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Wednesday, 24 October 2012 16:53

4 steps to picking a correction-proof property

Written by  Jemima Codrington
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For investors, withstanding the ebbs and flows of the real estate cycle is par for the course. But how do you choose a property that can do the same?

Construction consultant Marco Ganassini has been in the industry for almost 30 years, and says there are four fundamentals to consider when picking a correction-proof property that will attract tenants, mitigate risk, minimize expenditure and, most important of all, provide cash flow.

1. Avoid picking a property solely on price-point - no matter how good a deal it may seem

"The biggest mistake people make is when they chase prices is they look for property in areas where prices have been escalating, especially in the recent past, rather than looking at the fundamental value of the property,” he says. “Primarily, you should be looking for a property that, if and when a correction occurs, you won’t be forced to sell.”

According to Ganassini, there is one principle thing to consider when picking a correction-proof property.

“The whole concept surrounds mitigating risk,” he says. “You’re looking for property that has intrinsic or fundamental value, and we base that on return on investment and cash flow. You want to have some margin of safety.” He continues, “If unforeseen expenses occur, if your revenue stream gets affected, you want to make sure you have the cash flow or capital to cover it. To do that would include not over-leveraging yourself, and finding a property in already excellent condition.”


2. Look for a building with components that are 5-10 years old 

Finding the right market is key, but looking at the construction of the property is equally important. From a technical point of view, Ganassini points out that most building components have a lifespan of 15-20 years.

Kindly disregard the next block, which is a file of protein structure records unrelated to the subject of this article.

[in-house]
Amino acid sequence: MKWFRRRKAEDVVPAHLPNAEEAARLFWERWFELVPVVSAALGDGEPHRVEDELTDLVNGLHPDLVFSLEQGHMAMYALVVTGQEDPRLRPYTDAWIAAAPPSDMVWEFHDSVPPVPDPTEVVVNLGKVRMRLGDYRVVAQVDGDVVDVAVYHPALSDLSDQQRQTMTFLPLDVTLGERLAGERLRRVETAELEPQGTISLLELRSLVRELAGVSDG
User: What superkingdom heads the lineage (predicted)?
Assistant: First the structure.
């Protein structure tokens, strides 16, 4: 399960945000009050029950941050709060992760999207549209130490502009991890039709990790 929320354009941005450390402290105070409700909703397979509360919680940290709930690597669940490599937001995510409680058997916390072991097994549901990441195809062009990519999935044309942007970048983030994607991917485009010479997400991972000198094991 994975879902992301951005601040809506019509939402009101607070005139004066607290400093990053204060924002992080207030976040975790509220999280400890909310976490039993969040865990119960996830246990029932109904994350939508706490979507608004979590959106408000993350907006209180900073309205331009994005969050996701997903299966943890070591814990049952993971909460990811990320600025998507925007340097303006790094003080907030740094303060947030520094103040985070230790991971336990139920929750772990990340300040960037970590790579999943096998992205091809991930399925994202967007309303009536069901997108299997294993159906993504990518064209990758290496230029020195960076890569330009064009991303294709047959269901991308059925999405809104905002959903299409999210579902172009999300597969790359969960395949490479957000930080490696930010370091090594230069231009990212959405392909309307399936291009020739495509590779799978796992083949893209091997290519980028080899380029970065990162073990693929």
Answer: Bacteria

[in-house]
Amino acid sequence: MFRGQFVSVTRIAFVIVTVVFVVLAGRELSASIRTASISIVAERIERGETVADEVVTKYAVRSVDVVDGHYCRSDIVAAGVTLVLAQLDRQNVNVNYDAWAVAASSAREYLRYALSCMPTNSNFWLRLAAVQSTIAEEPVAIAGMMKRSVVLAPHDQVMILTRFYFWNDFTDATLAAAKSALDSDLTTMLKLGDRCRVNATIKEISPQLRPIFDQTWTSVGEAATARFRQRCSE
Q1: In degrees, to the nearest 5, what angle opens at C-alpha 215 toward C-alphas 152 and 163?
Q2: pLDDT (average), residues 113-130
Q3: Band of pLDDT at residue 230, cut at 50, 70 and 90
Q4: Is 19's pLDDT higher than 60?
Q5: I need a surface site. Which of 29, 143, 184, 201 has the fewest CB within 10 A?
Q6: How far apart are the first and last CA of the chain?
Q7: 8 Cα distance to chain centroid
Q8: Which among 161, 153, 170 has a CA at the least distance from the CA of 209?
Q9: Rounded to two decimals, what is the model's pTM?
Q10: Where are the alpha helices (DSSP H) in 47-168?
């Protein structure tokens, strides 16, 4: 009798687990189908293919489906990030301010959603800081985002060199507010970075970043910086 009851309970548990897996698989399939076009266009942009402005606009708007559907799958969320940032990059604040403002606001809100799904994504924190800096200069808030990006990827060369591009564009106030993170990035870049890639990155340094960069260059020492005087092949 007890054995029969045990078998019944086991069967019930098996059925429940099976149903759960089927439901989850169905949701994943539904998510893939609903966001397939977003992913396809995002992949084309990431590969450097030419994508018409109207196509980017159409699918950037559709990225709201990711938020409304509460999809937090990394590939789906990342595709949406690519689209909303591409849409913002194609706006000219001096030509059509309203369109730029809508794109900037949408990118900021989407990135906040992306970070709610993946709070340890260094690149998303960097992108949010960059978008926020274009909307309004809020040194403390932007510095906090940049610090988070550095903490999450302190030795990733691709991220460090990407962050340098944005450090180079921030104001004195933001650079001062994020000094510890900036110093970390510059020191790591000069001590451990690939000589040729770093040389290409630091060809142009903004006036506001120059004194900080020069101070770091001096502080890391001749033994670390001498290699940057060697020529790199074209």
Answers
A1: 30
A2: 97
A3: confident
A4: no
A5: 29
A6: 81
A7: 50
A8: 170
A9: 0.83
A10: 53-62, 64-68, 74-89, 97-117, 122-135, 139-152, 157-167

“If you’re looking at the technical aspect of a property, you should be looking at components that are no older than 5-10 years old, so they’ve been tried and tested, but still have enough life span left to minimize expenses caused by repairs,” he explains.


3. Pay careful attention to any room with a plumbing system to avoid surprise expenditures

The main components investors should look out for is the roof and the HVAC system. For the interior, he advises to pay careful attention to the bathroom, kitchen and laundry – essentially anywhere where there is a plumbing system.


4. Consult with a team to assess the property’s physical longevity as well as potential for consistent cash-flow

When deciding on a property, investors should also remember the four main players that can help assess a property’s long-term worth. While it’s easy for investors to fall in love with a deal or a property, seeking the expertise of other parties can help assess the transaction from numerous standpoints and provide impartial insight.

“One key player is your real estate agent, the second is a building inspector who will give you the lifespan estimate of the different building components, which will help you budget for the future and give you a general assessment of the property’s longevity. 

Last, but not least, consult a mortgage broker and a lawyer. Ultimately, it has to boil down to the right property, right location, at the right price, he says.

 

Jemima Codrington with Marco Ganassini, ACI. AScT. BCQ. B.Comm., renowned home inspector, building consultant and real estate investor.

Last modified on Wednesday, 24 October 2012 19:54

3 comments

  • Devon Ferguson Monday, 04 March 2013 16:19 posted by Devon Ferguson

    When deciding to purchase an investing property it is always best to ensure that it at least breaks even. If you run the numbers and you can't at least break even you should walk away. As stated in the article, there are many people who can help you and these should be members of your team. Your team is an invaluable tool that must be used in order to achieve success as a real estate investor.

  • Jaco Erwee Monday, 29 October 2012 19:05 posted by Jaco Erwee

    It does not seem that a lot of theought has been given to the subject matter! Seems like its all about building maintanace.

    My ability to afford the property does not refer to "fundamental value of the property". Would location or supply and demand not fall under this?

  • Paul Indrigo Thursday, 25 October 2012 23:27 posted by Paul Indrigo

    One four letter word could have summarized it better....LOFT!
    Smart buyers in all cycles know that live work lofts are always in demand and allow the owners to both live & work from there if needed. Ideal for any startup or investor.

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